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Thursday 24 February 2011, 09:08AM
Saudi King Abdullah arrived in his homeland yeseterday after three months abroad, boosting social benefits for his people as he returned to a Middle East rocked by anti-regime uprisings. As the king's plane touched down at King Khaled bin Abdul Aziz Airport, men in white garb performed a traditional Ardha dance while well-wishers including women, most in black niqab, waited to see their ruler. Crown Prince Sultan bin Abdul Aziz, Interior Minister Prince Nayef bin Abdul Aziz and Bahraini King Hamad bin Issa al-Khalifa were among a string of officials and royals who turned out to greet the 86-year-old monarch, who was seated in a black chair set up just outside the plane's door. Saudi Arabia has declared Saturday a public holiday to mark King Abdullah's safe return home, following back surgery in New York and a recuperation period in Morocco. Hours before his arrival, the king boosted social benefits for civil servants, the official Saudi Press Agency said. He ordered the implementation of a 15 percent pay rise for state employees as well as an increase in the cash available for Saudi housing loans. King Abdullah also granted pardon to some prisoners indicted in financial crimes and announced plans to tackle unemployment. Streets and buildings in the capital, Riyadh, were decorated with national flags and large banners welcoming the monarch back to the oil-rich kingdom, whose neighbours Bahrain and Yemen are witnessing popular revolts. The front pages of all Saudi newspapers on Wednesday were dedicated to news of the king's return, as editorials linked its timing to the "unrest" sweeping the Arab world. "The king is the only pillar of stability in the region now," said the English-language daily Arab News. "The king returns today at a time when the Arab world is experiencing frightening developments to what he had left not only stable... but an oasis of peace and security full of love and loyalty," said the Arabic-language daily Okaz. Egyptian strongman Hosni Mubarak -- a close ally of King Abdullah -- was forced out of power under massive popular pressure on February 11. Tunisian president Zine El Abidine Ben Ali fled to Saudi Arabia's Red Sea city of Jeddah in mid-January after protests toppled his regime. Tunisian authorities have formally asked Saudi Arabia to extradite Ben Ali and his wife Leila Trabelsi. Tension is also gripping Yemen as well as Libya and Bahrain, home to a large Shiite community which is demanding reform in the Sunni-ruled country. The Saudi's oil-rich Eastern Province, which abuts Bahrain, is home to most of the estimated two million Saudi Shiites. The unrest in the Arab world has pushed oil prices higher on fear of disruption in supplies, but Saudi Arabia, the world's biggest crude exporter, has said it has the capacity to meet any shortage. King Abdullah flew to New York on November 22 and underwent surgery two days later for a debilitating herniated disc complicated by a haematoma. The monarch's advanced age combined with health problems have raised concerns about the future of Saudi Arabia, which has been ruled by the Al-Saud family since 1932. Abdullah's half-brother, Crown Prince Sultan, who has held the post of defence minister since 1962, is 83 and is believed to have cancer. Little seen at home for the previous two years, Sultan himself flew back from Morocco on November 21 to take over the running of the government in Abdullah's absence. Interior Minister Prince Nayef, 77, is third in line to the Saudi throne and was appointed second deputy prime minister in March 2009. King Abdullah is expected to carry out a cabinet reshuffle after the terms of several ministers expired on February 19 and were not extended.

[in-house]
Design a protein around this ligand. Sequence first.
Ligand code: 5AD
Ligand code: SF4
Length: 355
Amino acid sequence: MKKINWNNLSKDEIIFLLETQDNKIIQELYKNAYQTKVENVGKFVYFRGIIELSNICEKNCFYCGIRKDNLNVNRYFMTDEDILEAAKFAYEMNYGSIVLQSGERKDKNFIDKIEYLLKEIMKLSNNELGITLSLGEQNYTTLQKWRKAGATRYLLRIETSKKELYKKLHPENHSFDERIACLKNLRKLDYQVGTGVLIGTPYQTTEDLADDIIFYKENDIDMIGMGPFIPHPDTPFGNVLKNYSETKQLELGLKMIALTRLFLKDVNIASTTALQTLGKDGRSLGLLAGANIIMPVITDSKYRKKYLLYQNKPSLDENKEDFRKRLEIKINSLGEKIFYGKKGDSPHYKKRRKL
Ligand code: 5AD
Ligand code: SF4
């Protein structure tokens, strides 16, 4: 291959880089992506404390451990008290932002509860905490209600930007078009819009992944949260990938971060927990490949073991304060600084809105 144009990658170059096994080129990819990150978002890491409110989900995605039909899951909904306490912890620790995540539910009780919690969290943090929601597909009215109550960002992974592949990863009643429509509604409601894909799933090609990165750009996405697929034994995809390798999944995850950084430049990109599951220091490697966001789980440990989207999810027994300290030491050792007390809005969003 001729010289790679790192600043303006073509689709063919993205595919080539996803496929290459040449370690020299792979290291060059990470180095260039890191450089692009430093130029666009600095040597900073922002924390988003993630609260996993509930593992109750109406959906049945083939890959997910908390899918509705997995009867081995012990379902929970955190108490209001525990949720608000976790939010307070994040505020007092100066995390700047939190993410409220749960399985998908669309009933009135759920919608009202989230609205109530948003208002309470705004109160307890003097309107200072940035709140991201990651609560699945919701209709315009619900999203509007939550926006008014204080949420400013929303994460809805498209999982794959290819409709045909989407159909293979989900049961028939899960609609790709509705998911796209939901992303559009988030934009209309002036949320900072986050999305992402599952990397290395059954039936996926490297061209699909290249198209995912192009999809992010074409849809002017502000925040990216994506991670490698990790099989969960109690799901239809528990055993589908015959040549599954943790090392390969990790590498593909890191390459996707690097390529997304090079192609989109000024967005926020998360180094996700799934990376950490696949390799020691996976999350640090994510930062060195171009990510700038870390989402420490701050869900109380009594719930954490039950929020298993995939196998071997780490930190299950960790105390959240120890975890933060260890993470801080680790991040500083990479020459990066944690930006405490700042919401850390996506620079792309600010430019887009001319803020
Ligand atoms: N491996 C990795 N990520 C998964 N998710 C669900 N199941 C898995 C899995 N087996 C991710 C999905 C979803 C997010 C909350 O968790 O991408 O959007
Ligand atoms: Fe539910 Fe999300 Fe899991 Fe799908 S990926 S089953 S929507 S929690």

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Thursday 24 February 2011, 08:18AM
  New Zealand's Christchurch weathered a 7.1 earthquake on September 4, but a smaller 6.3 aftershock toppled buildings and killed scores, largely because it was a ``bullseye’’ direct hit, scientists said. Tuesday's cataclysmic tremor, which has left 75 dead and nearly 300 people missing and the city centre in ruins, was so close to the city of 390,000 and so shallow that major damage was inevitable, they said. “This quake was pretty much a bullseye,’’ said Professor John Wilson, deputy dean of engineering at Australia's Swinburne University of Technology. “It was quite a large 6.3-magnitude event and so close to Christchurch that we weren't surprised to see significant damage. At that close range, the level of shaking is quite severe.’’ The September quake damaged 100,000 buildings and left a major repair bill, but caused no deaths, after striking at 4.35am, when most people were safely in bed. But this week's tremor hit at the worst possible time, at lunch on a weekday, when offices were open and streets were busy with shoppers who were vulnerable to falling masonry. Its epicentre was only five kilometres (three miles) from the city at a depth of just four kilometres below the land's surface, meaning there was little ground to absorb the blow. Some of the worst-hit buildings, including Christchurch's landmark cathedral - which lost its spire. Newer office blocks such as the CTV and Pyne Gould buildings collapsed, while the towering Grand Chancellor Hotel was tottering dangerously. Australian Seismological Centre director Kevin McCue also said the tremor could increase pressure on plate boundaries across New Zealand, increasing the likelihood of a tremor elsewhere, particularly in the capital Wellington. "If you have one [quake] it ups the hazard," he told the New Zealand Herald. "This quake has the potential to load up the plate boundary, increasing the likelihood of a quake at Wellington." "Wellington has always been considered much more at risk because it straddles the plate boundary. New Zealand has been relatively quiet since the 1930s - maybe [it's] about to catch up." New Zealand sits on the "Pacific Ring of Fire", a vast zone of seismic and volcanic activity stretching from Chile on one side to Japan and Indonesia on the other. Tuesday's quake is the most deadly to hit New Zealand since a 7.8-magnitude tremor killed 256 people in the Hawke's Bay region in 1931.